The destroyed Khobar Towers and crater where a truck bomb exploded is shown in June 1996. The blast killed 19 U.S. service members and injured hundreds in Dhahran, Saudi Arabia. (Saleh Rifai/AP)

A senior Hezbollah operative accused of helping carry out the 1996 bombing of an American military housing complex in Saudi Arabia that killed 19 U.S. service members has been captured, U.S. officials said.

Ahmad Ibrahim al-Mughassil, 48, was arrested in Beirut and flown to Saudi Arabia to face questioning and likely prosecution, according to the Saudi newspaper Asharq al-Awsat.

U.S. officials confirmed that Mughassil, the former head of Saudi Hezbollah’s military wing, was in Saudi custody. He was indicted in 2001 for his suspected role in the bombing of Khobar Towers in Dhahran. In addition to the 19 dead, the blast left nearly 500 people wounded, many of them Americans.

Mughassil is believed to possess significant information about Hezbollah and Iran’s Revolutionary Guard Corps, U.S. officials said. It is not clear whether the Saudis will allow U.S. intelligence to interview Mughassil.

Officials also cautioned that extraditing him to the United States to stand trial remains a remote possibility because he is a Saudi citizen.

This wanted poster shows a mug shot of Ahmad Ibrahim al-Mughassil, the man suspected in the 1996 bombing of the Khobar Towers. (AP)

A spokesman for the FBI declined to comment. The FBI had offered a $5 million reward for information leading to the arrest of Mughassil.

The Khobar case was investigated by FBI Director James B. Comey when he was a prosecutor with the Justice Department in the Eastern District of Virginia. Comey was praised for resurrecting the case after it had stalled for years in another U.S. attorney’s office.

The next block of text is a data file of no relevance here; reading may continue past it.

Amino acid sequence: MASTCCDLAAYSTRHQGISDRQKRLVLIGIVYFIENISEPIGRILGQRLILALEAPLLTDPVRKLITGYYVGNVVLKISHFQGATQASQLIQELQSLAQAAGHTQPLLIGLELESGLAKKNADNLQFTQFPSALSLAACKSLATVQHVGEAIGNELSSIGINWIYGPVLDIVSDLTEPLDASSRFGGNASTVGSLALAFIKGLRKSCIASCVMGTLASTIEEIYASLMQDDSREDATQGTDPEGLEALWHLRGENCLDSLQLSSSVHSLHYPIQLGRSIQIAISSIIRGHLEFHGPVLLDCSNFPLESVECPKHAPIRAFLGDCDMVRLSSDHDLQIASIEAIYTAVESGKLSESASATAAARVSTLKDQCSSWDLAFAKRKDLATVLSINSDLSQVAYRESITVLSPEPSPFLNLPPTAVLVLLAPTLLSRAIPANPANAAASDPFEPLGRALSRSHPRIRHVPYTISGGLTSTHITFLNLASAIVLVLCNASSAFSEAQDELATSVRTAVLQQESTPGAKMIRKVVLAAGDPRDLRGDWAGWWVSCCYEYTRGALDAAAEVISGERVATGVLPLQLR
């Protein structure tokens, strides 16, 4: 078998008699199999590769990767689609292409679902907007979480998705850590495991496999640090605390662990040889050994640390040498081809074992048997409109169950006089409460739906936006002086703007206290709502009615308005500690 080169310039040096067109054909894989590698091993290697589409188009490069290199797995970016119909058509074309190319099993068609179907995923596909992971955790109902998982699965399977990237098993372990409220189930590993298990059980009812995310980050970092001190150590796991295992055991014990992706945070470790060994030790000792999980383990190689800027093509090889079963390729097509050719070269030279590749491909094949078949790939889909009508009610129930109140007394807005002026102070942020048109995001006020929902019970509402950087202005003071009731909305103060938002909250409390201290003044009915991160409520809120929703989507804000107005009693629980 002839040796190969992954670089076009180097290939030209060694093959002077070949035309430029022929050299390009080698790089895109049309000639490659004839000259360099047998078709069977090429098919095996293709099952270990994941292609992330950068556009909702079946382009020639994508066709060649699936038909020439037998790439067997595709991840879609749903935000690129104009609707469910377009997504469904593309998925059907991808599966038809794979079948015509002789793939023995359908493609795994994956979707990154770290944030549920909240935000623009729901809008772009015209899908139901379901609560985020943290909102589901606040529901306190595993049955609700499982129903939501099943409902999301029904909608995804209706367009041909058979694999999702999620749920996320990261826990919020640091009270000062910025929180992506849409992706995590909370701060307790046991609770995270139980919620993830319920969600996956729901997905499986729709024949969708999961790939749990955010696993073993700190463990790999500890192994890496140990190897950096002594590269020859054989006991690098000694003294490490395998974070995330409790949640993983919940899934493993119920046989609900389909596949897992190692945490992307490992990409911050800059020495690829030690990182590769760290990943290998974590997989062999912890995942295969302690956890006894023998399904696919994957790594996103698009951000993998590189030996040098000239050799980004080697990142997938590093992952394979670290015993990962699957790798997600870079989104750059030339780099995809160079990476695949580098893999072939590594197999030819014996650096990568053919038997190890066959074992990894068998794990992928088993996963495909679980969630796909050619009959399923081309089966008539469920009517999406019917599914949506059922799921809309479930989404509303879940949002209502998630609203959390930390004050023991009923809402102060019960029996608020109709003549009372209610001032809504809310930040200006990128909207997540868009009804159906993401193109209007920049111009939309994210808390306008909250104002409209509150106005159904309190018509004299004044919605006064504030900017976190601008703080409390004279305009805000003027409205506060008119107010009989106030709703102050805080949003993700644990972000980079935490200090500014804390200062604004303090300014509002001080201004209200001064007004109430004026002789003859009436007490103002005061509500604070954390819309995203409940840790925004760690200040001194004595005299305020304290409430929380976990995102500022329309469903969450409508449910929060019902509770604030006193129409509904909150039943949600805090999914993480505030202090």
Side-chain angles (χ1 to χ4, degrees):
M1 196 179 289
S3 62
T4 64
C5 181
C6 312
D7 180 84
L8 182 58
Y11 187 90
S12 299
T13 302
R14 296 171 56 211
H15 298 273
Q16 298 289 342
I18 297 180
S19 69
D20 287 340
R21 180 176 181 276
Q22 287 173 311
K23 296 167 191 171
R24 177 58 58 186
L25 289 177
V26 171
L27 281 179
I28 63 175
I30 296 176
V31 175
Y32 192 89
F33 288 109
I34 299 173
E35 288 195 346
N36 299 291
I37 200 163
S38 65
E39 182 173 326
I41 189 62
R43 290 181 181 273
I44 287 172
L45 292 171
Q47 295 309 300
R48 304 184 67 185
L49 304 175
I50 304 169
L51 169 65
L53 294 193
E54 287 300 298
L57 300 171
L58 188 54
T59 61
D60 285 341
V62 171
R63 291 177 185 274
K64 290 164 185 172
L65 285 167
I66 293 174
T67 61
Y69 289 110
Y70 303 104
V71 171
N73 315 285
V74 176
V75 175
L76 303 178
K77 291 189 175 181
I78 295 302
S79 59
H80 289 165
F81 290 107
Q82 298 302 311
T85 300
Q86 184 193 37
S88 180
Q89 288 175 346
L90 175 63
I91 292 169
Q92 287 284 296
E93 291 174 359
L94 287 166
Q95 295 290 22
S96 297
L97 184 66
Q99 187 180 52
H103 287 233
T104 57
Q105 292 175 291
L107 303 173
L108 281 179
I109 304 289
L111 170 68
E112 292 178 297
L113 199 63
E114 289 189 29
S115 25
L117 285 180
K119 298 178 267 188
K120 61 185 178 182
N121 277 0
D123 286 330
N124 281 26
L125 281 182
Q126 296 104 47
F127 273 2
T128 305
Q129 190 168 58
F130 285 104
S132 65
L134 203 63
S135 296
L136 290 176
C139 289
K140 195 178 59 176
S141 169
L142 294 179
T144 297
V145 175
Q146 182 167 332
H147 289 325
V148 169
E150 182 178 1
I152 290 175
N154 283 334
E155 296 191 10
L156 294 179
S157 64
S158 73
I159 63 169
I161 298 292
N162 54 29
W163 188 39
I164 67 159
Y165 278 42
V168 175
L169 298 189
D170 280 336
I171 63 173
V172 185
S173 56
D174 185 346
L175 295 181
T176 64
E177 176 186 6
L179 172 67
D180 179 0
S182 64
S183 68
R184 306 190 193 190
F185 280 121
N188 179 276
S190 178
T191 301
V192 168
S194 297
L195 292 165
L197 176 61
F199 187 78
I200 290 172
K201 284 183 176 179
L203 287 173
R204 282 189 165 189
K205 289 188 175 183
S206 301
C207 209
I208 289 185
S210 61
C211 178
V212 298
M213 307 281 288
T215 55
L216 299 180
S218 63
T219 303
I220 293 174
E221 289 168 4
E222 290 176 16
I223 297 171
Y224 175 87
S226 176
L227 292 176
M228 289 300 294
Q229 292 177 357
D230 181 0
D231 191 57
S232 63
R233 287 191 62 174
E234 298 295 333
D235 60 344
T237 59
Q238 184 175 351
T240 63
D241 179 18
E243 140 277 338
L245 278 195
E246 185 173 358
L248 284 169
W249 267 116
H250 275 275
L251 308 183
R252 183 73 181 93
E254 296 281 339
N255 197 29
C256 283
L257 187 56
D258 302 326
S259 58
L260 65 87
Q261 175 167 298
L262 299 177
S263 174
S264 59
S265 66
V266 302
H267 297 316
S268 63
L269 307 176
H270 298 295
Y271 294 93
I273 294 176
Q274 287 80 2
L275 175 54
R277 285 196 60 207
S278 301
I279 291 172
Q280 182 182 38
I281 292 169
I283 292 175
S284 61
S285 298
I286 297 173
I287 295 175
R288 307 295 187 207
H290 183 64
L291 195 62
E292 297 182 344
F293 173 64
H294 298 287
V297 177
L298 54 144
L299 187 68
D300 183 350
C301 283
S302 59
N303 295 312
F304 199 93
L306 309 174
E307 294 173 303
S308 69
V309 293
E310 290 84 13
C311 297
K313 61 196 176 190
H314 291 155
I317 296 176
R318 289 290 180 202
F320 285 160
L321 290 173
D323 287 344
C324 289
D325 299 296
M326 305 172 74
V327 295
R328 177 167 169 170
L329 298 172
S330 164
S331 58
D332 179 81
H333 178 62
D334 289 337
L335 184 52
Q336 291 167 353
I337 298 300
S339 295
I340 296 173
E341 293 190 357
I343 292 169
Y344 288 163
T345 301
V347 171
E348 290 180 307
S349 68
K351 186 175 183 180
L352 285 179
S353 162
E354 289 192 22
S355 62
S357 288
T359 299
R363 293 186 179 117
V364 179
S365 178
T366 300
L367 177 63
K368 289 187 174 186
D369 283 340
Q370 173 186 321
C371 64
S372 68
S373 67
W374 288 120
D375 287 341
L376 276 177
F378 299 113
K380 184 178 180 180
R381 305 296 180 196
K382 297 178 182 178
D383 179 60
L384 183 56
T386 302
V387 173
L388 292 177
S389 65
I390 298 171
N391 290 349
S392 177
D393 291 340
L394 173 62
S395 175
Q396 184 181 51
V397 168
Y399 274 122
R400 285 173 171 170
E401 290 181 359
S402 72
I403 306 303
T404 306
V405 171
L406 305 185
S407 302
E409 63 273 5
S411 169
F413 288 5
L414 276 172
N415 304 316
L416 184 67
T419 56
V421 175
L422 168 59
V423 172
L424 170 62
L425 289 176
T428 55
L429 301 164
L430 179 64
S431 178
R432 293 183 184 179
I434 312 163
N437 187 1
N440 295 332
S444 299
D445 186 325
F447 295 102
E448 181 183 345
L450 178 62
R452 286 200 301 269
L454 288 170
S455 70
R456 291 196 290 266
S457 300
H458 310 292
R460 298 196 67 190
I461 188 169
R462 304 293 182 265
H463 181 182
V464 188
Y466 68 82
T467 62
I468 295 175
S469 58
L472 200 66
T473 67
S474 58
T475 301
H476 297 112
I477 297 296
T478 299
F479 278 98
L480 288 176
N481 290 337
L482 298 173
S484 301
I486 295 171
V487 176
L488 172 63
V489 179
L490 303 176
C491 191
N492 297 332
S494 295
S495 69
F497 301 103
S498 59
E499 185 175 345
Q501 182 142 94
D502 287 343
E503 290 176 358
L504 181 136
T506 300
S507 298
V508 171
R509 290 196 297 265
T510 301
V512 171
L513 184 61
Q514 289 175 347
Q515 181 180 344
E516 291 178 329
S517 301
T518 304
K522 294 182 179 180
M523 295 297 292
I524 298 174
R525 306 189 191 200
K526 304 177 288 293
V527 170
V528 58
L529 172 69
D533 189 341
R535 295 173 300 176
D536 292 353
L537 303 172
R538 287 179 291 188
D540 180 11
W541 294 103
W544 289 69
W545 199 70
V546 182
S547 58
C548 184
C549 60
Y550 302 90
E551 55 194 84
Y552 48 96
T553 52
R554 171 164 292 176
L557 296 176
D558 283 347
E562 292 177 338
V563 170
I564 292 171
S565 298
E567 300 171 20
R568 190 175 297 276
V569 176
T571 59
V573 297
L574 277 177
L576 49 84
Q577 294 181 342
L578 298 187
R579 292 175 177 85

At the time, FBI Director Louis J. Freeh said: “The indictment represents a major step toward making sure that those responsible are brought to justice.”

Then Attorney General John D. Ashcroft accused Iran of inspiring, supporting and supervising the group that launched the attack. Iran has denied any involvement in the bombing.

Mughassil, also known as Abu Omran, directed terrorist attacks against U.S. interests in Saudi Arabia, authorities said. He was also in charge of recruiting young Saudi men to join Hezbollah and arranging for them to travel to Lebanon and Iran to receive training.

According to the indictment, Mughassil played a key role in orchestrating the attack on Khobar Towers, which was meant to drive the Americans out of the Persian Gulf region.

On the night of the attack, Mughassil and another Hezbollah operative drove a tanker truck laden with 5,000 pounds of plastic explosives into the U.S. compound.

The explosion tore through an eight-story building that housed about 100 U.S. Air Force personnel.

The device was estimated to be larger than the one used in the bombing of the Alfred P. Murrah Federal Building in Oklahoma City in 1995.

James Bernazzani, who was chief of the FBI’s Hezbollah unit in 1996 and later the deputy director for law enforcement at the CIA’s Counterterrorism Center, said Mughassil was a rising star in Hezbollah with ties to Iran.

Bernazzani suspects that Mughassil would be able to provide details about Iranian involvement in the attack.

“He knows everything,” Bernazzani said.